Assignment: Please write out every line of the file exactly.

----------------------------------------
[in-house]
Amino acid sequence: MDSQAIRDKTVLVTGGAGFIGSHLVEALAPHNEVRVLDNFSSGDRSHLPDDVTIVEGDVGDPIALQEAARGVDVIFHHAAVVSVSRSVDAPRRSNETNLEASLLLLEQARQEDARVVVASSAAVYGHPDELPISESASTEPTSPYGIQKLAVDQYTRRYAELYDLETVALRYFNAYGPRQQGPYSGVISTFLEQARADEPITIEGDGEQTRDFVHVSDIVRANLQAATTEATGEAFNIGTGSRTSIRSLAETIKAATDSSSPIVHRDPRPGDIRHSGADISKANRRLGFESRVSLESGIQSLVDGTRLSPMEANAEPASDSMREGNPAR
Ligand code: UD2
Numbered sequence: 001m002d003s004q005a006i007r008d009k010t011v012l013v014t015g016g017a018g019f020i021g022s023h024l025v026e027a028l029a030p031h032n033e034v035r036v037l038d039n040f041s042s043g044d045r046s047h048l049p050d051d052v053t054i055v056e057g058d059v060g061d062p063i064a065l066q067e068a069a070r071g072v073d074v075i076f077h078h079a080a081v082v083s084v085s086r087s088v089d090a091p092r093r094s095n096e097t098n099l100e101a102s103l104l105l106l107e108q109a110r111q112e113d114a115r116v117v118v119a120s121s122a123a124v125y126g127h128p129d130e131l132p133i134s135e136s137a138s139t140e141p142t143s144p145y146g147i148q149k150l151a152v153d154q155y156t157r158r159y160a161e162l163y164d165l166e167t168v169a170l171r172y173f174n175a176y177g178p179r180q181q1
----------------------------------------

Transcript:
[in-house]
Amino acid sequence: MDSQAIRDKTVLVTGGAGFIGSHLVEALAPHNEVRVLDNFSSGDRSHLPDDVTIVEGDVGDPIALQEAARGVDVIFHHAAVVSVSRSVDAPRRSNETNLEASLLLLEQARQEDARVVVASSAAVYGHPDELPISESASTEPTSPYGIQKLAVDQYTRRYAELYDLETVALRYFNAYGPRQQGPYSGVISTFLEQARADEPITIEGDGEQTRDFVHVSDIVRANLQAATTEATGEAFNIGTGSRTSIRSLAETIKAATDSSSPIVHRDPRPGDIRHSGADISKANRRLGFESRVSLESGIQSLVDGTRLSPMEANAEPASDSMREGNPAR
Ligand code: UD2
Numbered sequence: 001m002d003s004q005a006i007r008d009k010t011v012l013v014t015g016g017a018g019f020i021g022s023h024l025v026e027a028l029a030p031h032n033e034v035r036v037l038d039n040f041s042s043g044d045r046s047h048l049p050d051d052v053t054i055v056e057g058d059v060g061d062p063i064a065l066q067e068a069a070r071g072v073d074v075i076f077h078h079a080a081v082v083s084v085s086r087s088v089d090a091p092r093r094s095n096e097t098n099l100e101a102s103l104l105l106l107e108q109a110r111q112e113d114a115r116v117v118v119a120s121s122a123a124v125y126g127h128p129d130e131l132p133i134s135e136s137a138s139t140e141p142t143s144p145y146g147i148q149k150l151a152v153d154q155y156t157r158r159y160a161e162l163y164d165l166e167t168v169a170l171r172y173f174n175a176y177g178p179r180q181q1